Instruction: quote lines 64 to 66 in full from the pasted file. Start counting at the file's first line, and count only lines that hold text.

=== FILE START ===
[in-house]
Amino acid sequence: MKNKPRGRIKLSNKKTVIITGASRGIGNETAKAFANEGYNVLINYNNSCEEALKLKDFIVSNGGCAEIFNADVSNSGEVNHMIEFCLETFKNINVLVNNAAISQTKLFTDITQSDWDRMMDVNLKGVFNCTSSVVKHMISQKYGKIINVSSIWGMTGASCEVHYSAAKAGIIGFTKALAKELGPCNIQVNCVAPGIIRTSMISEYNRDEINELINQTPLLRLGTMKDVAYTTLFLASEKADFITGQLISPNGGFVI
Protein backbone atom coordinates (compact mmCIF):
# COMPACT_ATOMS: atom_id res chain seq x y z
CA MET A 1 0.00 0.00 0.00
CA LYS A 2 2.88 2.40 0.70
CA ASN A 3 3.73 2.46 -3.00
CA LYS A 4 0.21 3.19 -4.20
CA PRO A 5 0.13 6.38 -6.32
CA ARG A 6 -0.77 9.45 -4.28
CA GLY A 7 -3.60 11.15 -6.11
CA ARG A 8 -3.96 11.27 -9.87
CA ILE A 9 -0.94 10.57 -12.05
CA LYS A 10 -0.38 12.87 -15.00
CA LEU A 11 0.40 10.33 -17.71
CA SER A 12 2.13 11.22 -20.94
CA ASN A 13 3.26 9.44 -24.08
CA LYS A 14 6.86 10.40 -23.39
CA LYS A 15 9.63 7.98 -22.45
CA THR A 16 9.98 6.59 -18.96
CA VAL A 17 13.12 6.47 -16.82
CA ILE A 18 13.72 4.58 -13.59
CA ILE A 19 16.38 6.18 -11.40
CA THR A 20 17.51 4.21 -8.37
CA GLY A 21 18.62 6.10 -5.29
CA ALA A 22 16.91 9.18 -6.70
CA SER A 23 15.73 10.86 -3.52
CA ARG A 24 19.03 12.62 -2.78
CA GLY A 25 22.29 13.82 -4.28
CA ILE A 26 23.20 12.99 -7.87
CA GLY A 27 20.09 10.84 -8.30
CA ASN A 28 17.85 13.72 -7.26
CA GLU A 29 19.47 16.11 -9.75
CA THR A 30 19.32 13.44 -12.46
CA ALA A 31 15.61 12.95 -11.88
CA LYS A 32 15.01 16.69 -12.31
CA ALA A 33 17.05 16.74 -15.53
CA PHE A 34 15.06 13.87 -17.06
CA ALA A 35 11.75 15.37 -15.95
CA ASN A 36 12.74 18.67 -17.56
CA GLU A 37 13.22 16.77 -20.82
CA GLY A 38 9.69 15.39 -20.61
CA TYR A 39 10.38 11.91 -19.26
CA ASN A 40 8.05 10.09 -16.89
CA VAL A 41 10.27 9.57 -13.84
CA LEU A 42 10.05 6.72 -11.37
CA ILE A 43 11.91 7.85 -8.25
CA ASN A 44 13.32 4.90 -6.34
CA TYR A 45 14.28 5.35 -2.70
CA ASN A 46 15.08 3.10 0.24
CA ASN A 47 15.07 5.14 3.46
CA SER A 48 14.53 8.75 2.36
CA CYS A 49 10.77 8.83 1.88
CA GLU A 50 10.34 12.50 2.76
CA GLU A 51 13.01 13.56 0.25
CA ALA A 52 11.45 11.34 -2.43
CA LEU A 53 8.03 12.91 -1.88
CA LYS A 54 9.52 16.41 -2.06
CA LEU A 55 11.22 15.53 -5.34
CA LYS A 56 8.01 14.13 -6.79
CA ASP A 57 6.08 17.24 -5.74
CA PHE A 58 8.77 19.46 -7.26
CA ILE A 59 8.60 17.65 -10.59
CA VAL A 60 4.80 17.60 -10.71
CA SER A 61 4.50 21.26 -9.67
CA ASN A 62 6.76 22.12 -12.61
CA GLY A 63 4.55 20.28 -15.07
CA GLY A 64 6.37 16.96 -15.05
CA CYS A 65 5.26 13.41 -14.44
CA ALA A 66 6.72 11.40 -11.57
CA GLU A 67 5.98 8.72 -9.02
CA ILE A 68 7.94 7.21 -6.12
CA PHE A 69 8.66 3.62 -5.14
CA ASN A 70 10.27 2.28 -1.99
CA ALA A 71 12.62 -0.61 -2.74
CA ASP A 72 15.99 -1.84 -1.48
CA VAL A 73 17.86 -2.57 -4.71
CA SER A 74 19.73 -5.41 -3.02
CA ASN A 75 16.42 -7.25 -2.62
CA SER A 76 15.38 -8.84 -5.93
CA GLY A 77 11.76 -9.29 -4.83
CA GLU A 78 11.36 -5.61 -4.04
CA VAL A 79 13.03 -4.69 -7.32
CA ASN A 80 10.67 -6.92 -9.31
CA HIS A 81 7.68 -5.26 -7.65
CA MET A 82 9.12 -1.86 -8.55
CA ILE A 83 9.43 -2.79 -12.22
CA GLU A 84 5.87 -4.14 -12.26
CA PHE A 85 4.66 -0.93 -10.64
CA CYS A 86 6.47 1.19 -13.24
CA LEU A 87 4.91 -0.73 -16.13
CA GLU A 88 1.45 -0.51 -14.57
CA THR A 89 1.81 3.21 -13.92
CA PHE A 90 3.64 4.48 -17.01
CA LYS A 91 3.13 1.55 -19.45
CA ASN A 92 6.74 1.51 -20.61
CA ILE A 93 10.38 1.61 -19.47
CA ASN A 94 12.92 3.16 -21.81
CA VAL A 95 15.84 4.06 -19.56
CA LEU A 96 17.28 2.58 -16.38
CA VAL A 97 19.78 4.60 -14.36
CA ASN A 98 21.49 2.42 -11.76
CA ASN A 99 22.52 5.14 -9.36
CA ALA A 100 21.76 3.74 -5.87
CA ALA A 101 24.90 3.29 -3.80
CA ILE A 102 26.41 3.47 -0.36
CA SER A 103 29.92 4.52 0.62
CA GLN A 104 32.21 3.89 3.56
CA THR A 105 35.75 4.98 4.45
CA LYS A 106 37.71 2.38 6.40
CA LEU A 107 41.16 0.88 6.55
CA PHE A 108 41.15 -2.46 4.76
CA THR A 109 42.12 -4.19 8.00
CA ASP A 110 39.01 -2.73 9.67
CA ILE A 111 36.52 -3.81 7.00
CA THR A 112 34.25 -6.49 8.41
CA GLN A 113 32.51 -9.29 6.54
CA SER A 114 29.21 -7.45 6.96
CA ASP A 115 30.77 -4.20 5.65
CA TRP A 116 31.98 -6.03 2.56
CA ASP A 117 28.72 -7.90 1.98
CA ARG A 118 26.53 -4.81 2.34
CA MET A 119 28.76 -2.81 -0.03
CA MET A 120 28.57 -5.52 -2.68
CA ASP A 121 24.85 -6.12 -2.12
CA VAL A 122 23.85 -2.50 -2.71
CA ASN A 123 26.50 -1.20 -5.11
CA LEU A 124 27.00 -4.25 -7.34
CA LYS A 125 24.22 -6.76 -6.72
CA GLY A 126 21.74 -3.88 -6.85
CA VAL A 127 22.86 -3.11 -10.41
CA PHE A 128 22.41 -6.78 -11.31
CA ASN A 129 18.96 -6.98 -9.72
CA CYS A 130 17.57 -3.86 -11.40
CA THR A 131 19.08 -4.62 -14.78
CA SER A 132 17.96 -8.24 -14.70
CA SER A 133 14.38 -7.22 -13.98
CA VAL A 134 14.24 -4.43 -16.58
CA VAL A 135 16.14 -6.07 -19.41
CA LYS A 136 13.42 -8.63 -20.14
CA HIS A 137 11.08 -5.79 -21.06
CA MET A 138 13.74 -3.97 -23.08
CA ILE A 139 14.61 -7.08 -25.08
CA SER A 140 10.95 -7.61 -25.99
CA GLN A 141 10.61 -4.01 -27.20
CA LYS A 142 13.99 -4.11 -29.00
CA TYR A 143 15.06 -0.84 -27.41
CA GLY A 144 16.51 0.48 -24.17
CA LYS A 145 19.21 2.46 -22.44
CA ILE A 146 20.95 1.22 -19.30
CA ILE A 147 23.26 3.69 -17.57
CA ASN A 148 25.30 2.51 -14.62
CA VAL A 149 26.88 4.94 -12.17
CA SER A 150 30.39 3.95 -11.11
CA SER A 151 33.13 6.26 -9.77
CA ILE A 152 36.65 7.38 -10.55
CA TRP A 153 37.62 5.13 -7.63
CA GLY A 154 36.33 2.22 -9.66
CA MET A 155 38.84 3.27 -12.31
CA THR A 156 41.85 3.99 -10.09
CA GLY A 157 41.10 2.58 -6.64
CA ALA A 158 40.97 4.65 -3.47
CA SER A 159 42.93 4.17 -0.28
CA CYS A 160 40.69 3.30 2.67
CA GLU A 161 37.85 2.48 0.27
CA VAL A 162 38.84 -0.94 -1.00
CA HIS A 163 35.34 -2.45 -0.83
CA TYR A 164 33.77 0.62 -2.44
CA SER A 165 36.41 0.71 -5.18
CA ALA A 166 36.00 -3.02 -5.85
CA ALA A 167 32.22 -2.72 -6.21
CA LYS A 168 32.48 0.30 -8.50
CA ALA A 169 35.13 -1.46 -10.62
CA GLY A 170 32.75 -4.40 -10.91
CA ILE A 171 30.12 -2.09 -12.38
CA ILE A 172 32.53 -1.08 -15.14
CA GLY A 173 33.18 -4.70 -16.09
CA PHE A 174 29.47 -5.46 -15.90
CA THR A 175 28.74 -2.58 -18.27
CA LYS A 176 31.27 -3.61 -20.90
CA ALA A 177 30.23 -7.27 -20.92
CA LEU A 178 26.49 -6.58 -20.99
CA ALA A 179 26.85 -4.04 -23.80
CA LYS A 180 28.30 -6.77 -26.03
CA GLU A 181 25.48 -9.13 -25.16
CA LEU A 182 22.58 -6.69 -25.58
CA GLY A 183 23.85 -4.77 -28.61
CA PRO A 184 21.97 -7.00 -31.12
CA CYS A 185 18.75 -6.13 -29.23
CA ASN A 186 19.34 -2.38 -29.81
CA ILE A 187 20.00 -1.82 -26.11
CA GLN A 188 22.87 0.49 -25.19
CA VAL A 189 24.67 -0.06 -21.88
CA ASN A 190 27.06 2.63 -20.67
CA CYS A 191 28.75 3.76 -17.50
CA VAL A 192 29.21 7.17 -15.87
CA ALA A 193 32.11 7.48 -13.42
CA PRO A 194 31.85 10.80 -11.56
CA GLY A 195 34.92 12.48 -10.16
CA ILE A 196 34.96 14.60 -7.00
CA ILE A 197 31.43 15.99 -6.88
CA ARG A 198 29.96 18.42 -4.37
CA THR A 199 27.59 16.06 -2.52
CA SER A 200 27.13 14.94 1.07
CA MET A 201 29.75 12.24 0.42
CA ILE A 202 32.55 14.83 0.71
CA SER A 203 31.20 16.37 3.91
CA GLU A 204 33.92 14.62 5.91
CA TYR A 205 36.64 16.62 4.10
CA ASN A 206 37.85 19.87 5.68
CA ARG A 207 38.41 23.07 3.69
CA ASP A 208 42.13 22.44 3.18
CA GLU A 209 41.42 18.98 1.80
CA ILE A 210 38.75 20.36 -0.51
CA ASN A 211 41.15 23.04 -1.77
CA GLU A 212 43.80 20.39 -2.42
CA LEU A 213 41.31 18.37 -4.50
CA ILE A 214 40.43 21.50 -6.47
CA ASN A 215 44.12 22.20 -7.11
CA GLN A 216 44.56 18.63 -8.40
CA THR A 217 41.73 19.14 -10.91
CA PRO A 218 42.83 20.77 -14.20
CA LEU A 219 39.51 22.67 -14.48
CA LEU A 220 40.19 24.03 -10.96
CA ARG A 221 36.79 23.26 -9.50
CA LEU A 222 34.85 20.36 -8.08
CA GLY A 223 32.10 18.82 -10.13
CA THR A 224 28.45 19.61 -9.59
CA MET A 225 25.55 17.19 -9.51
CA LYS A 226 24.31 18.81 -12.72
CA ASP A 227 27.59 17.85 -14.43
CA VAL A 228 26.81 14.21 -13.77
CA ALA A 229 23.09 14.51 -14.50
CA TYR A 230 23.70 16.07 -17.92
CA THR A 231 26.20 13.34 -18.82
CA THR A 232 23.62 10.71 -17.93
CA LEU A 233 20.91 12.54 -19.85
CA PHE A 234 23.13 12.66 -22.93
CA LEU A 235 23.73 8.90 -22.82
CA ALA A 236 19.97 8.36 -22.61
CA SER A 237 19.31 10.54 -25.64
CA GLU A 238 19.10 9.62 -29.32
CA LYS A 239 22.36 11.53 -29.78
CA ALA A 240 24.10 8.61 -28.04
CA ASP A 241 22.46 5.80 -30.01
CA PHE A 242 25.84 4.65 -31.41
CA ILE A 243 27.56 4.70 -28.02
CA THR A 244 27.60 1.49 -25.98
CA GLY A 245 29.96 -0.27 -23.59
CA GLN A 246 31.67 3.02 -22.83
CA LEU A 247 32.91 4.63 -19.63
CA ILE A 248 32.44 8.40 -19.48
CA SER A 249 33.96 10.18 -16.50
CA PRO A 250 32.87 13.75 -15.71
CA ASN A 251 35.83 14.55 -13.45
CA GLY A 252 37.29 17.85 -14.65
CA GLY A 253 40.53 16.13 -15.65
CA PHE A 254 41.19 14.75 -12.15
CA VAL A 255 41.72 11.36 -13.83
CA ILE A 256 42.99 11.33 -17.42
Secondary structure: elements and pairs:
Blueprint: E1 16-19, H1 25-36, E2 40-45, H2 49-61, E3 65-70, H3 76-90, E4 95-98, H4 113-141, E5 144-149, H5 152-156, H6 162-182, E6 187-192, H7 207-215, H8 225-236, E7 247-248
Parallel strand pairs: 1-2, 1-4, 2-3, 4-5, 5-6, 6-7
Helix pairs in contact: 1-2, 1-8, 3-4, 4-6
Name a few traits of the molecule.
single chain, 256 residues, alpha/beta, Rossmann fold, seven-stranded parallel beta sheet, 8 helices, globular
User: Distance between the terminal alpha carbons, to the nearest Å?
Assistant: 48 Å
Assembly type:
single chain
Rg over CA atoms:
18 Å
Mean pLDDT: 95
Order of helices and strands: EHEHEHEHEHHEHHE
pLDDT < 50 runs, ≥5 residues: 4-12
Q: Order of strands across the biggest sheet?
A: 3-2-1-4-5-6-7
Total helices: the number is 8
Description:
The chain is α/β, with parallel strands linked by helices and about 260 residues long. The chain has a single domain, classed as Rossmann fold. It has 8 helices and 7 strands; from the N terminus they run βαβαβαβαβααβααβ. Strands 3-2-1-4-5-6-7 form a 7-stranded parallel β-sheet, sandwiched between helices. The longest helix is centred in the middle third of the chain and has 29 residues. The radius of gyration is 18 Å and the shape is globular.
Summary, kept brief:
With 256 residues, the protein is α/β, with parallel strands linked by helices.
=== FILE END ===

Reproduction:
CA VAL A 60 4.80 17.60 -10.71
CA SER A 61 4.50 21.26 -9.67
CA ASN A 62 6.76 22.12 -12.61